• Texas Attorney General. The Texas Attorney General is the top legal officer in Texas with various divisions. One of the divisions inside the Office of the Texas Attorney General is the Consumer Protection Division. They handle complaints against businesses that are engaging in unfair or unlawful business practices within the state. Learn how to file a consumer complaint with the Texas Attorney General here.

    • Texas Department of Licensing and Regulation. The Texas Department of Licensing and Regulation, known as the TDLR, is a government agency in Texas that gives out licenses and monitors business practices in Texas. For example, you can file a complaint using the TDLR against an electrician, a barber, licensed breeders, etc. Go here for a comprehensive list of programs licensed and regulated by TDLR. To submit a complaint, use the link here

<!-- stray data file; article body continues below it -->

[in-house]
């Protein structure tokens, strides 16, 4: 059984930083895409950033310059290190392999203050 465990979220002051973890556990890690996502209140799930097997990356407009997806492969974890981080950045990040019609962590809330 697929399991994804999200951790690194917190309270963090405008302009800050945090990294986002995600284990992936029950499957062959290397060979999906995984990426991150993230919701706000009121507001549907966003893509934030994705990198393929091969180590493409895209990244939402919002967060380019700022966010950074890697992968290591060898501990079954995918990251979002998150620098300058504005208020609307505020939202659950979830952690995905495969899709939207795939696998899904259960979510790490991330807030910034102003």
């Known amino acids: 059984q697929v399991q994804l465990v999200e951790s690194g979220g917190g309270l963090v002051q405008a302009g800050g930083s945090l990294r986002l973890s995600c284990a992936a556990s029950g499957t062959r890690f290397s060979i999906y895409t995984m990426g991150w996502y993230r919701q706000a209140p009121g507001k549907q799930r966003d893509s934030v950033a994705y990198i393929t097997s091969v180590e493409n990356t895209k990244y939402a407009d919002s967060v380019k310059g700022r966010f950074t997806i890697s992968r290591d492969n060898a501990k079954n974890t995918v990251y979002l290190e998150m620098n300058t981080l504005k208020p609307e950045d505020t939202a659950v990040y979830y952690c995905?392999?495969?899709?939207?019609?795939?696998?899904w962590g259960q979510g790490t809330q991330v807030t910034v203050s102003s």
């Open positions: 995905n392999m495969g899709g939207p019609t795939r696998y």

• Texas Office of Consumer Credit Commissioner. The Texas Office of Consumer Credit Commissioner (“OCCC”) regulates the credit industry and educates consumers and creditors in Texas. Some of the businesses regulated by the OCCC are finance companies, pawnshops, payday lenders, and retailers who provide financing for their goods (including motor vehicle and manufactured home dealers). The OCCC also assists consumers with complaints against these businesses if they have experienced fraud, deceptive business practices, misrepresentation, etc. To submit a complaint with the OCCC, call the consumer assistance helpline at 800-538-1579 or submit a complaint online.


    Mediation is available in most Texas Justice Courts as a form of alternative dispute resolution. Mediation is used to help parties come to a mutually agreeable solution or settlement. It provides the parties with the opportunity to communicate with each other while the mediator facilitates the conversation.